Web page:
After the breakup, Fuentes had a two-month affair with American actress Jean Seberg, who would later be found dead in her car after an FBI smear campaign that would become the subject of his book “Diana, the Goddess Who Hunts Alone.”
“She was so fragile,” Fuentes said of Seberg. “She had to demonstrate her strength through causes that gave her strength, like the Black Panthers. She was a delicate creature.”
He met his current wife when she interviewed him for Mexican television, and “it’s been an interview a day ever since,” he said, adding: “It’s such a modern way of coming together. It wouldn’t have happened in the 19th century.” They married in 1973.
In his book “This I Believe,” he describes Lemus as the ballast of his life. “If all the women that I have loved were summed up in one, the only woman that I have loved forever would sum up all the rest. They are the stars. Sylvia is the galaxy itself.”
The book was dedicated to their son, Carlos, who was born in Paris while Fuentes was Mexico’s ambassador to France. Carlos began to develop mottling on his legs when he was taking his first steps, signaling the onset of hemophilia. After he died in 1999, a book of his poems was published in France and Spain, Fuentes said, and he had art exhibitions in Warsaw, Madrid, Barcelona and Paris, demonstrating “quite a body of paintings for his short age.”
Natasha, his late daughter, who was deeply affected by her brother’s death, shared his interest in writing and was also interested in acting, Fuentes said.
Mexican newspapers reported that Natasha was found dead of cardiac arrest on a Mexico City street in late August.
A few days later, on a rainy night, Lemus, Fuentes and his older daughter gathered at the colonial church in the Plaza Santo Domingo and bid Natasha farewell at a crowded service of 400 attended by Garcia Marquez and his wife, Mercedes Barcha, the Mexican intellectual Carlos Monsivais and Mexican economist Jesus Silva Herzog, according to one newspaper account.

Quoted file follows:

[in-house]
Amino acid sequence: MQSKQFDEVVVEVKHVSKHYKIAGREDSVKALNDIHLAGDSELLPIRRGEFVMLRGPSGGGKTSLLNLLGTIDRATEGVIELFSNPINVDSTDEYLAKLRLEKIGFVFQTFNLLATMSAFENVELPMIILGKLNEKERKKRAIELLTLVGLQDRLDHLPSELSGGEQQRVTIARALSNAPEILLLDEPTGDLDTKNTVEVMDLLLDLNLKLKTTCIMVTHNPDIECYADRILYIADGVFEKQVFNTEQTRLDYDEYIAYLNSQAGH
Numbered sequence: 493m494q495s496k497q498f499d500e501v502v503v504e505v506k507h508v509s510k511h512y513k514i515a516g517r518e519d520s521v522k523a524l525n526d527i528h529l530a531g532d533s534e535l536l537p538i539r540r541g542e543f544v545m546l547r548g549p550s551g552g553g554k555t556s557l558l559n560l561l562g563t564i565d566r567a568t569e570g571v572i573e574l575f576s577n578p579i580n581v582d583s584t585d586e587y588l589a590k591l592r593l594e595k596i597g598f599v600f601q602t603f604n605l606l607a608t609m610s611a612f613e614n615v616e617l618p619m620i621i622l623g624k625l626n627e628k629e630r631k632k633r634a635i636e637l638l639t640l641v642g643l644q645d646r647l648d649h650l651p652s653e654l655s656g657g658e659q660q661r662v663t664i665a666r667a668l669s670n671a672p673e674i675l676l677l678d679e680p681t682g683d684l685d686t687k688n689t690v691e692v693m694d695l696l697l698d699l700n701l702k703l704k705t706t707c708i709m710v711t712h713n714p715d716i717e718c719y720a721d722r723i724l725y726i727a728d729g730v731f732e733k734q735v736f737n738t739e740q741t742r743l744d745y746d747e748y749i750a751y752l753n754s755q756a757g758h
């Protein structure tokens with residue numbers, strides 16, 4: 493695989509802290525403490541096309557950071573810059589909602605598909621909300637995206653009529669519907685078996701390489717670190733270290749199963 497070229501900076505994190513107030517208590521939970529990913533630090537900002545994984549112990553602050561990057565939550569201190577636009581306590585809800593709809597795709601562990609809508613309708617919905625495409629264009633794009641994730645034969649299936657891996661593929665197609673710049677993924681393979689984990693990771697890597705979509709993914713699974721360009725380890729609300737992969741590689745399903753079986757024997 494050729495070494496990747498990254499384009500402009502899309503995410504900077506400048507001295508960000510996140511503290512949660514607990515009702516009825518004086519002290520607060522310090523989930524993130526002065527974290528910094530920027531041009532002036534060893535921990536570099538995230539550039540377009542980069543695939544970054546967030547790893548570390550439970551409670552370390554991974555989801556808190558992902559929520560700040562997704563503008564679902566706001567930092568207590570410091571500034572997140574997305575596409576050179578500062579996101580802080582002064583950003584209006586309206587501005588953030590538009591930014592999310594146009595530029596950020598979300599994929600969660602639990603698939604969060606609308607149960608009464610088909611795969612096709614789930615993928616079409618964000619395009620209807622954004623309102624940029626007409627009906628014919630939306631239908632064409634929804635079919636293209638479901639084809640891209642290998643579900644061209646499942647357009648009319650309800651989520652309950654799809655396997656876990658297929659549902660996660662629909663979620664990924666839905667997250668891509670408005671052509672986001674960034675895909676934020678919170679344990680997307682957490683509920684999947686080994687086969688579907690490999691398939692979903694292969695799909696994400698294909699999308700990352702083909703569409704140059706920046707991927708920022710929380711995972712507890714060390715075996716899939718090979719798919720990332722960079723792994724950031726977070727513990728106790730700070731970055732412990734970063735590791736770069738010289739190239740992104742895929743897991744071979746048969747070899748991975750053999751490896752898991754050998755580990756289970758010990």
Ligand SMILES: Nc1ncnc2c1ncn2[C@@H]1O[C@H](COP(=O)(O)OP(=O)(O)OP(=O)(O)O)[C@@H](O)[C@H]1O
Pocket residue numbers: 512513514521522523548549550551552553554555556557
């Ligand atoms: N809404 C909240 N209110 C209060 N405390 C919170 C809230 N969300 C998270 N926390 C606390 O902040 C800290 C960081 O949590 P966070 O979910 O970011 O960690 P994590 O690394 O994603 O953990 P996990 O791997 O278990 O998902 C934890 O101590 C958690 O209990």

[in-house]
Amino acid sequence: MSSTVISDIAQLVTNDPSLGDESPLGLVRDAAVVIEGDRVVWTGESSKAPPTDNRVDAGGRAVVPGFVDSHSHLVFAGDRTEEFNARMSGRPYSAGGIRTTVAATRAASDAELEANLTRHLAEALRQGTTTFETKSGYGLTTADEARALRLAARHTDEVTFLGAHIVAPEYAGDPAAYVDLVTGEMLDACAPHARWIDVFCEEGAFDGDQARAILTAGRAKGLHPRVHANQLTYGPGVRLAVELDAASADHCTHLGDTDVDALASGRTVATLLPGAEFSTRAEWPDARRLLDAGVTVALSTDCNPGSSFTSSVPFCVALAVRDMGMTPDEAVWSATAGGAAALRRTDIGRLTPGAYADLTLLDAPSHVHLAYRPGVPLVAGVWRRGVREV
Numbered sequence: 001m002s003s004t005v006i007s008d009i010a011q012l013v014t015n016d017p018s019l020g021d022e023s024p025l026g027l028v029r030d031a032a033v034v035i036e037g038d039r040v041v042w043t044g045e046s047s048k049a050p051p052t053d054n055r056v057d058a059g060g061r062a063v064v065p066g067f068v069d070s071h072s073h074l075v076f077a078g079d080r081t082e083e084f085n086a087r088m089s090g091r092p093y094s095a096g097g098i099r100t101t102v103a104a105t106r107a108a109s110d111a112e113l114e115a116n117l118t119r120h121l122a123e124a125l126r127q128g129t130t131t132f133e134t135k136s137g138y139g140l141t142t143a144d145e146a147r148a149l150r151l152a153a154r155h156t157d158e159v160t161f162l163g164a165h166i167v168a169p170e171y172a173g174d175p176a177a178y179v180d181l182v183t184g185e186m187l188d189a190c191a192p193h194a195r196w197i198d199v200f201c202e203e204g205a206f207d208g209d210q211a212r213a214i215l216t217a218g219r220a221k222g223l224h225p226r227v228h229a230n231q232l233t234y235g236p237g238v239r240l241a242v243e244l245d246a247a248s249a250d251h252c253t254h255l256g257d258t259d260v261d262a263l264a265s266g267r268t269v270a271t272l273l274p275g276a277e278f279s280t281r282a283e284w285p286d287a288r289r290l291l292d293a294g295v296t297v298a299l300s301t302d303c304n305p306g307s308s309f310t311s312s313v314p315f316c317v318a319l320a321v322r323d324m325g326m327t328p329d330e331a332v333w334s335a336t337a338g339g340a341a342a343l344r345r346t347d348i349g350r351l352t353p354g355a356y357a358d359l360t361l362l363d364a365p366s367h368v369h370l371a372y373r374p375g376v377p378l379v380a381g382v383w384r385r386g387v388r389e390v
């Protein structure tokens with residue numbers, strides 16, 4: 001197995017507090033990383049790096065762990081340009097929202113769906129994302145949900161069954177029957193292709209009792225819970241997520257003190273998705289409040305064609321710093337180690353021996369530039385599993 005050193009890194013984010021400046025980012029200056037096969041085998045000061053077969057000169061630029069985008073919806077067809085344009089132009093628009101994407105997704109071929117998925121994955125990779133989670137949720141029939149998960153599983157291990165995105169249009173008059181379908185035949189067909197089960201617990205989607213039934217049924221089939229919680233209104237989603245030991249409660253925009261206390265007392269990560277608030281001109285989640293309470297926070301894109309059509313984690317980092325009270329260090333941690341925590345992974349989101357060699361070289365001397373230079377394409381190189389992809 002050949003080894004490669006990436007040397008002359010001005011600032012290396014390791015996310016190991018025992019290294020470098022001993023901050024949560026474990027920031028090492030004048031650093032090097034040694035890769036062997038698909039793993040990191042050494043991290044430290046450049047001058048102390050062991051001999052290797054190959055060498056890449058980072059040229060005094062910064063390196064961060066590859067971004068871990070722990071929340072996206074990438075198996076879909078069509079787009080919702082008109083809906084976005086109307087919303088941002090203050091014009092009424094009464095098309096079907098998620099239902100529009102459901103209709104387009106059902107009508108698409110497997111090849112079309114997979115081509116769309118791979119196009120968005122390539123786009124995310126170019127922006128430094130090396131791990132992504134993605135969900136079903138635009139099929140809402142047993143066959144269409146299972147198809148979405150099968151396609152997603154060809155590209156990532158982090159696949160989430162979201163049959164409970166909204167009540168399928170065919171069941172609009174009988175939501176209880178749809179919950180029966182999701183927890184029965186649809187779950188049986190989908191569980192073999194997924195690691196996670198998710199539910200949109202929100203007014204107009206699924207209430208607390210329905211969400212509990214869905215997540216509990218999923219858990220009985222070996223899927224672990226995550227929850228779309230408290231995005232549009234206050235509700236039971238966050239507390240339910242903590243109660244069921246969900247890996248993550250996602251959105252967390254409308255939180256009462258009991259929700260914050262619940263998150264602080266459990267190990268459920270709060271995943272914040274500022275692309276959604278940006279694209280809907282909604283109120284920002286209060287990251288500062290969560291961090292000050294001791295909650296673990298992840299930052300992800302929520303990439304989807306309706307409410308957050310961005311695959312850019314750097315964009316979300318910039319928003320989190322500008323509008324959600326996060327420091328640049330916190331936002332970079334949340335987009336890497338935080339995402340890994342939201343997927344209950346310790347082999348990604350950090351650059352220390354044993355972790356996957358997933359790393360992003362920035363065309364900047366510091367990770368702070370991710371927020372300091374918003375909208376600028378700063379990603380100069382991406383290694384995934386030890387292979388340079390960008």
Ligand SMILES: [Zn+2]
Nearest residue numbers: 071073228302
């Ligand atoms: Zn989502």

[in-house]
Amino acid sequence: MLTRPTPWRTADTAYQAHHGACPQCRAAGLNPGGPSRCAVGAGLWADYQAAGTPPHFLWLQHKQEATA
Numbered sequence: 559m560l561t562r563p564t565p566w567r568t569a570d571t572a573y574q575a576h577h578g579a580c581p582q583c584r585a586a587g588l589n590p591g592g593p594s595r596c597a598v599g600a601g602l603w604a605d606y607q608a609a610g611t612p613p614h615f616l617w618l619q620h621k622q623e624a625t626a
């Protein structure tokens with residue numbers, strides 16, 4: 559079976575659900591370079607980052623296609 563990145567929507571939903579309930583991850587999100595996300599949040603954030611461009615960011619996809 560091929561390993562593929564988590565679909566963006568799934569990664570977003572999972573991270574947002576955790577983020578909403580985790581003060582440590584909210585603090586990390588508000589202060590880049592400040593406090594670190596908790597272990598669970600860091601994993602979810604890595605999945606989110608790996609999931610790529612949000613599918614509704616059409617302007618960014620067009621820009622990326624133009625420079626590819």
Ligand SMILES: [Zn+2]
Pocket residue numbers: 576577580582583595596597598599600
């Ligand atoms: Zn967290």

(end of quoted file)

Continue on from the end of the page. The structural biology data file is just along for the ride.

Silvia said she had found it impossible to work for five months after her daughter’s death but finally began again in a trip to South Africa, interviewing Nobel Prize-winning author Nadine Gordimer.
For now, the couple is immersing themselves in travel. When they come to Los Angeles for an appearance at Disney Hall on Thursday, they are looking forward to meeting with Mayor Antonio Villaraigosa. In June, Fuentes said, he will return to Los Angeles for an award ceremony at the invitation of directors Steven Spielberg and George Lucas.
This week, the couple traveled to Miami for a special forum of intellectuals and political players like former Spanish Prime Minister Felipe Gonzalez, as well as businessmen, who Fuentes thinks should be drawn into a dialogue with intellectuals.
In “The Eagle’s Throne,” Fuentes writes that astute businessmen “know better than anyone that poverty is the worst investment of all and that a starving peasant can’t buy food in the supermarket or clothes at the local Benetton.”
That reflects what Fuentes views as Mexico’s great challenge today: “to develop half the country. Fifty percent of the population is outside the economy. In 1920 we had 13 million and 50% were poor. In 1950 we had 30 million and half were poor. Today we have 100 million and half are poor. We have to extend economic benefits to the people. We need an economy that rises from the bottom up.”
In the end, as Fuentes and his wife struggle with the finite dimensions of mortality, “The Eagle’s Throne” has a lesson more than a few places can take notice of: No matter which candidate gets the most votes, the country’s political culture is often the winner.
“Democracy is a newborn child in Mexico,” Fuentes said.
“But Mexico has cultural continuity, from the Mayans until today. This is our strength.”